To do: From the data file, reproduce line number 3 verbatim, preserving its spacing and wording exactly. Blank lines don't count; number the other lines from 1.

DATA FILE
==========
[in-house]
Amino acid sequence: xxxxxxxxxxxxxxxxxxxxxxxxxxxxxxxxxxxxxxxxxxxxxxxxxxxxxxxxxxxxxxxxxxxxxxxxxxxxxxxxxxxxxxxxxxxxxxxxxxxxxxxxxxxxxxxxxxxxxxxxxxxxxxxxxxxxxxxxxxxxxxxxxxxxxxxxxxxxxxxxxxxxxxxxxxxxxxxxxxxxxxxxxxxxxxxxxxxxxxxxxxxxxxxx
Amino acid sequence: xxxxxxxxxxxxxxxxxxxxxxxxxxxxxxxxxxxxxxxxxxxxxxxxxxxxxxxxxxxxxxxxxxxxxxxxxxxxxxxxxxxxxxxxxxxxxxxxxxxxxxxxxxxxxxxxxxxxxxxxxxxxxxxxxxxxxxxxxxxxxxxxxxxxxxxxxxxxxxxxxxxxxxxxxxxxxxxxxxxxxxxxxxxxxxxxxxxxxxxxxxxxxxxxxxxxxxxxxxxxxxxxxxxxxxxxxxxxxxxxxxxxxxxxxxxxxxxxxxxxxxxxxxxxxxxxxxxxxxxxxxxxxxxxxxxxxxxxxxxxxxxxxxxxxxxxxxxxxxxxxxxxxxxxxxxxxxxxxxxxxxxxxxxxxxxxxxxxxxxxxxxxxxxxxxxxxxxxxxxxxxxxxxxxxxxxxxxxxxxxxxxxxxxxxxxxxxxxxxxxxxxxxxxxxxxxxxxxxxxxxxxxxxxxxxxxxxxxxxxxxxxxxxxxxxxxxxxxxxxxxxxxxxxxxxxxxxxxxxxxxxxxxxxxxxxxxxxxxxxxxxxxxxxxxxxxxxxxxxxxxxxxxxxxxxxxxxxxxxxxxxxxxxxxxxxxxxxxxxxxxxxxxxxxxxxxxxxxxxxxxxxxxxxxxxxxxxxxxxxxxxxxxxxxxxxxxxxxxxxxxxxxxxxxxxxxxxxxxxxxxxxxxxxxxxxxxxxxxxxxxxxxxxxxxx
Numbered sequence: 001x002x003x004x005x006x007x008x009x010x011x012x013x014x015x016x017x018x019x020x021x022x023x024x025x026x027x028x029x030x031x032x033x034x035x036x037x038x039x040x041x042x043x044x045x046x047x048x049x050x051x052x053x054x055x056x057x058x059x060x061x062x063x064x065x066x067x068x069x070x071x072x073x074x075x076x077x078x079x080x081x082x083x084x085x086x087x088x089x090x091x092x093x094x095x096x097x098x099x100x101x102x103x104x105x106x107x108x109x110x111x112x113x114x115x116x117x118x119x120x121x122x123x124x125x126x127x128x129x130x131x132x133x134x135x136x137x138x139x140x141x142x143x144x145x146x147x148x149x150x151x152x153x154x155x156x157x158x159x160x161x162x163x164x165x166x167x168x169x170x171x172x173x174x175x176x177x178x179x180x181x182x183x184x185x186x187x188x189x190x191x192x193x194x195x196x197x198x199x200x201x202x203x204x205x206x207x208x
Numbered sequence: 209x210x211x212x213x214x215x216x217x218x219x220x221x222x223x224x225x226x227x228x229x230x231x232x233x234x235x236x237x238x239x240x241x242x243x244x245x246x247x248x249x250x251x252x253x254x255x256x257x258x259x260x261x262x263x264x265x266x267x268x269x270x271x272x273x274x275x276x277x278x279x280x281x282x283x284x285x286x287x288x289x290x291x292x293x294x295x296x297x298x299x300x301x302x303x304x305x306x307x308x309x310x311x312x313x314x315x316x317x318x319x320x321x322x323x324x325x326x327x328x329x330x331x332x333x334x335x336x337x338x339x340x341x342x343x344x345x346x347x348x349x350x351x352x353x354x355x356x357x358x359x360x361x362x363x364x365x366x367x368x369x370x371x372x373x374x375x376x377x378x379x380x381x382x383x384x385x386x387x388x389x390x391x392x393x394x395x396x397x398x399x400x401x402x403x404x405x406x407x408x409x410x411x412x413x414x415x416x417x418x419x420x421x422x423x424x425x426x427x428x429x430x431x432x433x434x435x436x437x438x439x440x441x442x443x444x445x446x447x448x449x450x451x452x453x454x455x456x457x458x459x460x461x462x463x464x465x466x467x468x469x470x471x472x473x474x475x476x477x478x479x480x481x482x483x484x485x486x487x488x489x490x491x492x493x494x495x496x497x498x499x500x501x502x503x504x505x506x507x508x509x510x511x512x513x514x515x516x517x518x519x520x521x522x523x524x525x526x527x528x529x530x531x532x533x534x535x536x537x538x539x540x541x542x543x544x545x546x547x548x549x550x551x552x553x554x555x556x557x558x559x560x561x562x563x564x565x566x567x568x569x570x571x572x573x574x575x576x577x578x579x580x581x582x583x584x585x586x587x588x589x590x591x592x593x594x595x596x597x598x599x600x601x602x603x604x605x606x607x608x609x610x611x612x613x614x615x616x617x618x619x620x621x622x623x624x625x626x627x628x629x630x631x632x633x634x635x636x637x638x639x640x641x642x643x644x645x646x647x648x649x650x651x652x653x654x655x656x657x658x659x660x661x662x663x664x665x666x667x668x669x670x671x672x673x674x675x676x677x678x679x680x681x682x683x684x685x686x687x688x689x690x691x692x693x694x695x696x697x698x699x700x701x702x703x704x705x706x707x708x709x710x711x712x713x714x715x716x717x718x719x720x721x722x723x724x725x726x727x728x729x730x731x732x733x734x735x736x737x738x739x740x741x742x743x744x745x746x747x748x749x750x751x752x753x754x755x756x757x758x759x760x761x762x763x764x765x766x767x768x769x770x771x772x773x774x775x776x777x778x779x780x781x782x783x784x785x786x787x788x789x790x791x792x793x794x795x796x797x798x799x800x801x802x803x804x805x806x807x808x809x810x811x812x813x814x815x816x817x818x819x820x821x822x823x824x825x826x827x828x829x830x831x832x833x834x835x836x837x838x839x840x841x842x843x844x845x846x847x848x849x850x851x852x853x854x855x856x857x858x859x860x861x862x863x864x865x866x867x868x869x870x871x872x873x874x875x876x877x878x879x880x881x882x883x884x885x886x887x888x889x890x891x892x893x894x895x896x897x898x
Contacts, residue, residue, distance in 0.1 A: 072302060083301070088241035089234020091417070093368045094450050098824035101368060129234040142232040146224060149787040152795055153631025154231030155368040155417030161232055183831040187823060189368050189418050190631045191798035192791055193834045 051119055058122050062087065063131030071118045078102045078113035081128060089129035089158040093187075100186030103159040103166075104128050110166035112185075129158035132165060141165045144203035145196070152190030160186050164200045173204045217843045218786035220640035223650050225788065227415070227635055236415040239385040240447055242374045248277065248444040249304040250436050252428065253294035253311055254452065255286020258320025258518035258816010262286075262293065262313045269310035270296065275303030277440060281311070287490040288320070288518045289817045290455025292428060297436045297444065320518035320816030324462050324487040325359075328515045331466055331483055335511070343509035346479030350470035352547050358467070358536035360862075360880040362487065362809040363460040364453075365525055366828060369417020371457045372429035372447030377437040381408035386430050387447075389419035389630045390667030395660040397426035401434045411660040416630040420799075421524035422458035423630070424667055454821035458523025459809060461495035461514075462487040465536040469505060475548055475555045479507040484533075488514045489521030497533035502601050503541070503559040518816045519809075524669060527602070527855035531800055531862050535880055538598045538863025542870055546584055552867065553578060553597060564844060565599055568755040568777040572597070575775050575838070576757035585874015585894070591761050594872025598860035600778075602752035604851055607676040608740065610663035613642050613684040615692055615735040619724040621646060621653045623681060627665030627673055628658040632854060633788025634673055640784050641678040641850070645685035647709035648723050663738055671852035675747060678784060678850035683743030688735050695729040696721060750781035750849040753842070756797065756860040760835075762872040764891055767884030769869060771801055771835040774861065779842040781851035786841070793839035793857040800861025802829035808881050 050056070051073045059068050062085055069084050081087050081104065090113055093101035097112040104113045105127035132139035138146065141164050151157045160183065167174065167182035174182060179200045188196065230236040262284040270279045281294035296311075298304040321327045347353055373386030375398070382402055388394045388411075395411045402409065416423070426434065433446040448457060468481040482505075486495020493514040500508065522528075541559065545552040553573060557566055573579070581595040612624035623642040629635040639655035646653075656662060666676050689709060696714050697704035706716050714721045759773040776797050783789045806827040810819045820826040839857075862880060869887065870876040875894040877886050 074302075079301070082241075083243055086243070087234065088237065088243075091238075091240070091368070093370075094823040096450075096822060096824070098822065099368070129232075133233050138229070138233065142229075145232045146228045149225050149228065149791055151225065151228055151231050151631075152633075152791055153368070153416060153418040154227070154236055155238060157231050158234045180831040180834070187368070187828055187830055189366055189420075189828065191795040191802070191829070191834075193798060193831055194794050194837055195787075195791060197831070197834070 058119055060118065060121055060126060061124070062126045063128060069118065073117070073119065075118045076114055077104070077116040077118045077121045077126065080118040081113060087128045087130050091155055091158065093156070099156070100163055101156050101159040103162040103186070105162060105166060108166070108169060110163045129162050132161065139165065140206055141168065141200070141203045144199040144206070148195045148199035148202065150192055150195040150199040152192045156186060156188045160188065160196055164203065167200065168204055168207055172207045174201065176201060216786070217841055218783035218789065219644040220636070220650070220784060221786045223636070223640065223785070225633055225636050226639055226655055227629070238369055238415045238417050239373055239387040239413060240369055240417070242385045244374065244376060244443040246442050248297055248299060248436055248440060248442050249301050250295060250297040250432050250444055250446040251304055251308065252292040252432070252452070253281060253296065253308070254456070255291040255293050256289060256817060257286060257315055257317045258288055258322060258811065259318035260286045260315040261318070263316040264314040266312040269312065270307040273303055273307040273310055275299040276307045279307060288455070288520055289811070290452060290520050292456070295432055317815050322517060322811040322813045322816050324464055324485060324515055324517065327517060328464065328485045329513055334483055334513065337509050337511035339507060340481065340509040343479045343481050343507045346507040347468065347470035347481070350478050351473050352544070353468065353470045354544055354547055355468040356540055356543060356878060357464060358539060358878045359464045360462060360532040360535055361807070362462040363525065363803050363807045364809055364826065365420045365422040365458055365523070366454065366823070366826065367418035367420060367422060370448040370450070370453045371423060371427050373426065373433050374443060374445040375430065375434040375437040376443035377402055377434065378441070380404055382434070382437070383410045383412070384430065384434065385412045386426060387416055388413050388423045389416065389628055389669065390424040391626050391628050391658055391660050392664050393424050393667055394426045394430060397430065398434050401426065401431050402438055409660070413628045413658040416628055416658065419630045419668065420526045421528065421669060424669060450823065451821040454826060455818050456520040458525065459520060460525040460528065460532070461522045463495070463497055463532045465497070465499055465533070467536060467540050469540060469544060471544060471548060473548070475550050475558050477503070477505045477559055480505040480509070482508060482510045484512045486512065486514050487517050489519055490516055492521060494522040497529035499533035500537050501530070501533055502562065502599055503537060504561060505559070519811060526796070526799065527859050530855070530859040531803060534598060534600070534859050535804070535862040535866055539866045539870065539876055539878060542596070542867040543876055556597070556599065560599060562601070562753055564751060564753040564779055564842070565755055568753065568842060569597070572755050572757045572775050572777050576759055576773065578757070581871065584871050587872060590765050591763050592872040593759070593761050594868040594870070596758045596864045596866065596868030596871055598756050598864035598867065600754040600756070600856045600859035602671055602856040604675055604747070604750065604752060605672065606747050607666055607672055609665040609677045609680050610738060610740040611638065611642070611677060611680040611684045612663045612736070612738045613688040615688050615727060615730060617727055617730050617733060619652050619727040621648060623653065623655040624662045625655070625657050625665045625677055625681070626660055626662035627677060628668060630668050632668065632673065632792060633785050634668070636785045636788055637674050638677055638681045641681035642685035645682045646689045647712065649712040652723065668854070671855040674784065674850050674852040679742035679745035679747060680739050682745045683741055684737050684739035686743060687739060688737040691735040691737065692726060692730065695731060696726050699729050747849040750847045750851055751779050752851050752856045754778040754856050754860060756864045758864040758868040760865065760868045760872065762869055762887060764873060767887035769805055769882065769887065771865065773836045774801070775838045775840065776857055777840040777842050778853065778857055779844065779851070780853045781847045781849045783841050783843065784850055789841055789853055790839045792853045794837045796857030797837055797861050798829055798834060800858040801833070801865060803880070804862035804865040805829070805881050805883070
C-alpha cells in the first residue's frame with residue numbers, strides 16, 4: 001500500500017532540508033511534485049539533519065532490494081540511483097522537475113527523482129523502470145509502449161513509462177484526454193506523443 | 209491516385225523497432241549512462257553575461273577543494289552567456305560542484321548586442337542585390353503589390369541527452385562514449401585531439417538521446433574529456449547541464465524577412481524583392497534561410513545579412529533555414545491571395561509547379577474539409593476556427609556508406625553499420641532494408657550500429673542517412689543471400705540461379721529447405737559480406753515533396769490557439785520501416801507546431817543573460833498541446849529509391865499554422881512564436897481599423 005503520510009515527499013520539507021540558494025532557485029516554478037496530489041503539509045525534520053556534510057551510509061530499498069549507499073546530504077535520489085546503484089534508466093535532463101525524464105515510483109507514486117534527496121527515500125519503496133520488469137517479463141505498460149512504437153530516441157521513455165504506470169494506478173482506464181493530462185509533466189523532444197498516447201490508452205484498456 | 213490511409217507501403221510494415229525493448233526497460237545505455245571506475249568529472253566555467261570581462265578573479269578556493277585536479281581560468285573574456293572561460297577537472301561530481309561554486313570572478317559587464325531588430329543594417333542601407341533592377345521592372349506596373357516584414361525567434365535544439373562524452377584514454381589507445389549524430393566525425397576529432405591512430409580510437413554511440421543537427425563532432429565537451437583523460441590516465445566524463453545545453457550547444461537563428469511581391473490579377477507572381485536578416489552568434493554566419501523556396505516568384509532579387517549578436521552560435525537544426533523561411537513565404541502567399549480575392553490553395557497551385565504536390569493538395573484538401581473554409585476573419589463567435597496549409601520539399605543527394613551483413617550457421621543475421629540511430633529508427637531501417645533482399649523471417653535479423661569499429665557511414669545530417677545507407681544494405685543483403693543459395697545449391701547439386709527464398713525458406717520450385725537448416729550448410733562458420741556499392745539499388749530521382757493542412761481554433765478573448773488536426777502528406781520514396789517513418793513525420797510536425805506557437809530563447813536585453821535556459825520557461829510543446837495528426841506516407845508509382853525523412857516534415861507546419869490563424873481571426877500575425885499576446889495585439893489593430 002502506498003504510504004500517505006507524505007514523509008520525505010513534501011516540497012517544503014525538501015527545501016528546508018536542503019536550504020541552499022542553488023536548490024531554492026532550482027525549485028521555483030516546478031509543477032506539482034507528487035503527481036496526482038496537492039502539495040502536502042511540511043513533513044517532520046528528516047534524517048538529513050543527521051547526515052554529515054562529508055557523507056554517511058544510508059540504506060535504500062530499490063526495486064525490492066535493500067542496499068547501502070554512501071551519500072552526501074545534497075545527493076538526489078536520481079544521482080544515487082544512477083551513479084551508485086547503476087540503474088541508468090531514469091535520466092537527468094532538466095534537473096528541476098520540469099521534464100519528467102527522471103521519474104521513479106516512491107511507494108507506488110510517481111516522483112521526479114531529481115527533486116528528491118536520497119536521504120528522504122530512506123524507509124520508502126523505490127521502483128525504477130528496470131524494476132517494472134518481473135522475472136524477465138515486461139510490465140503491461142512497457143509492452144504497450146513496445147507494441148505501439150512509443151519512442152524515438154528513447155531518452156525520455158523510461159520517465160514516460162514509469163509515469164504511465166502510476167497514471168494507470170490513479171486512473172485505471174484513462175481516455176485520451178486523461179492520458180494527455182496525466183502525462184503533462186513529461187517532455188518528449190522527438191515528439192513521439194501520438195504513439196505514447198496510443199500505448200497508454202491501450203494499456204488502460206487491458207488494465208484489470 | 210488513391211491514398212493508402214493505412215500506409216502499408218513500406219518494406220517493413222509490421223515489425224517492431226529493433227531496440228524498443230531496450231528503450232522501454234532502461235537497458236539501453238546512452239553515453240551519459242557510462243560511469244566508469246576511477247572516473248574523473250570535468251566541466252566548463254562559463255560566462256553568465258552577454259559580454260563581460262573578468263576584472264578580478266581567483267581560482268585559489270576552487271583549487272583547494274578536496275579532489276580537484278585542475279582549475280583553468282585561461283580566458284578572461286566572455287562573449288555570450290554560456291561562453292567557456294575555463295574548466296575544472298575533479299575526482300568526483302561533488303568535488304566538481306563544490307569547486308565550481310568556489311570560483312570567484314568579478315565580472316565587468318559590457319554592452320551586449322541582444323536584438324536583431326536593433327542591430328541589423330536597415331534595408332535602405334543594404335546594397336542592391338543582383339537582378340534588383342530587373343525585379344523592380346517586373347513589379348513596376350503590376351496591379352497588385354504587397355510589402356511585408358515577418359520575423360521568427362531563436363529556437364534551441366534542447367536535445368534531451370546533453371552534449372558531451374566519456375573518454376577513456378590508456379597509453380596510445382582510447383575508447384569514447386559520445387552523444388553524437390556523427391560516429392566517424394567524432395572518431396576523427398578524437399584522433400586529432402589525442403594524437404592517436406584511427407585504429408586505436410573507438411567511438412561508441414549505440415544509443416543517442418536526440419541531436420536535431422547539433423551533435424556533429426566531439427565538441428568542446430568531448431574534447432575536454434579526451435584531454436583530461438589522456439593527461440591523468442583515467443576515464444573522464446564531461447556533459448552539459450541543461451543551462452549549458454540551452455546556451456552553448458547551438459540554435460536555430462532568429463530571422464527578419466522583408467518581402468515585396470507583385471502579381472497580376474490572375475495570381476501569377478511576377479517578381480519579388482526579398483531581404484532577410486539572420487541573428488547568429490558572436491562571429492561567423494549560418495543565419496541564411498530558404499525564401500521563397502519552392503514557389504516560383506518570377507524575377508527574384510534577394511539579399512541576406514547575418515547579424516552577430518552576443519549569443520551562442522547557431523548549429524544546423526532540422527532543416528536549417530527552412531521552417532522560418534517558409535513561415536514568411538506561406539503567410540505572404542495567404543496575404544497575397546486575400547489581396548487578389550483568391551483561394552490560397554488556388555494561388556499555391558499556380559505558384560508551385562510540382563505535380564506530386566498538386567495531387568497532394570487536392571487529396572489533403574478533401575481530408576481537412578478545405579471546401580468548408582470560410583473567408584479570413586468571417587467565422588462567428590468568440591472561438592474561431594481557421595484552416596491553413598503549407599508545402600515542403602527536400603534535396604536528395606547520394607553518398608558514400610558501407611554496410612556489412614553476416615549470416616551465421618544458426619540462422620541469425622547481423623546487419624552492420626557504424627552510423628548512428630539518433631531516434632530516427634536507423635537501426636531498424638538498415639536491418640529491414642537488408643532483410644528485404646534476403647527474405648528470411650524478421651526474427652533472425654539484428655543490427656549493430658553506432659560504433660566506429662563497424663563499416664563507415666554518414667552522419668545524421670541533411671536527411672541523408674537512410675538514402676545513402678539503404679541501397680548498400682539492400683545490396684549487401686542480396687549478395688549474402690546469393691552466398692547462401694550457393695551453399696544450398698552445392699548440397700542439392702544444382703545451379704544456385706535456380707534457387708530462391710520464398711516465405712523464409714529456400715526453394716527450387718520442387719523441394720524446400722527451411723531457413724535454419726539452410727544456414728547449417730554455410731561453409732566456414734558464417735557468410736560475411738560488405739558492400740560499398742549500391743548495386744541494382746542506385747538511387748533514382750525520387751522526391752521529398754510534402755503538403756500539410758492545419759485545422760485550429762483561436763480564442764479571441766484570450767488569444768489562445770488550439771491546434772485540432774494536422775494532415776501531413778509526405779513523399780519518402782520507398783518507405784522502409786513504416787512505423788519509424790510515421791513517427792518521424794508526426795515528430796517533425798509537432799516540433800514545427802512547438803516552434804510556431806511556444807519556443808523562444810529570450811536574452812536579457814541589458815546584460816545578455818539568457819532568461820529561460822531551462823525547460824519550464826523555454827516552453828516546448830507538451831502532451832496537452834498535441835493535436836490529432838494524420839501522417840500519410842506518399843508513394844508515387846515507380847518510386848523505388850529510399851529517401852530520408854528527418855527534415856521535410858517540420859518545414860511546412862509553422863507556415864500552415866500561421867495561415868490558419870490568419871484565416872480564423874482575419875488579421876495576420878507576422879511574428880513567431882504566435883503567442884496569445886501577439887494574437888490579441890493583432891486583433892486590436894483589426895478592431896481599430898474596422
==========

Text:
Amino acid sequence: xxxxxxxxxxxxxxxxxxxxxxxxxxxxxxxxxxxxxxxxxxxxxxxxxxxxxxxxxxxxxxxxxxxxxxxxxxxxxxxxxxxxxxxxxxxxxxxxxxxxxxxxxxxxxxxxxxxxxxxxxxxxxxxxxxxxxxxxxxxxxxxxxxxxxxxxxxxxxxxxxxxxxxxxxxxxxxxxxxxxxxxxxxxxxxxxxxxxxxxxxxxxxxxxxxxxxxxxxxxxxxxxxxxxxxxxxxxxxxxxxxxxxxxxxxxxxxxxxxxxxxxxxxxxxxxxxxxxxxxxxxxxxxxxxxxxxxxxxxxxxxxxxxxxxxxxxxxxxxxxxxxxxxxxxxxxxxxxxxxxxxxxxxxxxxxxxxxxxxxxxxxxxxxxxxxxxxxxxxxxxxxxxxxxxxxxxxxxxxxxxxxxxxxxxxxxxxxxxxxxxxxxxxxxxxxxxxxxxxxxxxxxxxxxxxxxxxxxxxxxxxxxxxxxxxxxxxxxxxxxxxxxxxxxxxxxxxxxxxxxxxxxxxxxxxxxxxxxxxxxxxxxxxxxxxxxxxxxxxxxxxxxxxxxxxxxxxxxxxxxxxxxxxxxxxxxxxxxxxxxxxxxxxxxxxxxxxxxxxxxxxxxxxxxxxxxxxxxxxxxxxxxxxxxxxxxxxxxxxxxxxxxxxxxxxxxxxxxxxxxxxxxxxxxxxxxxxxxxxxxxxxxxxxxxx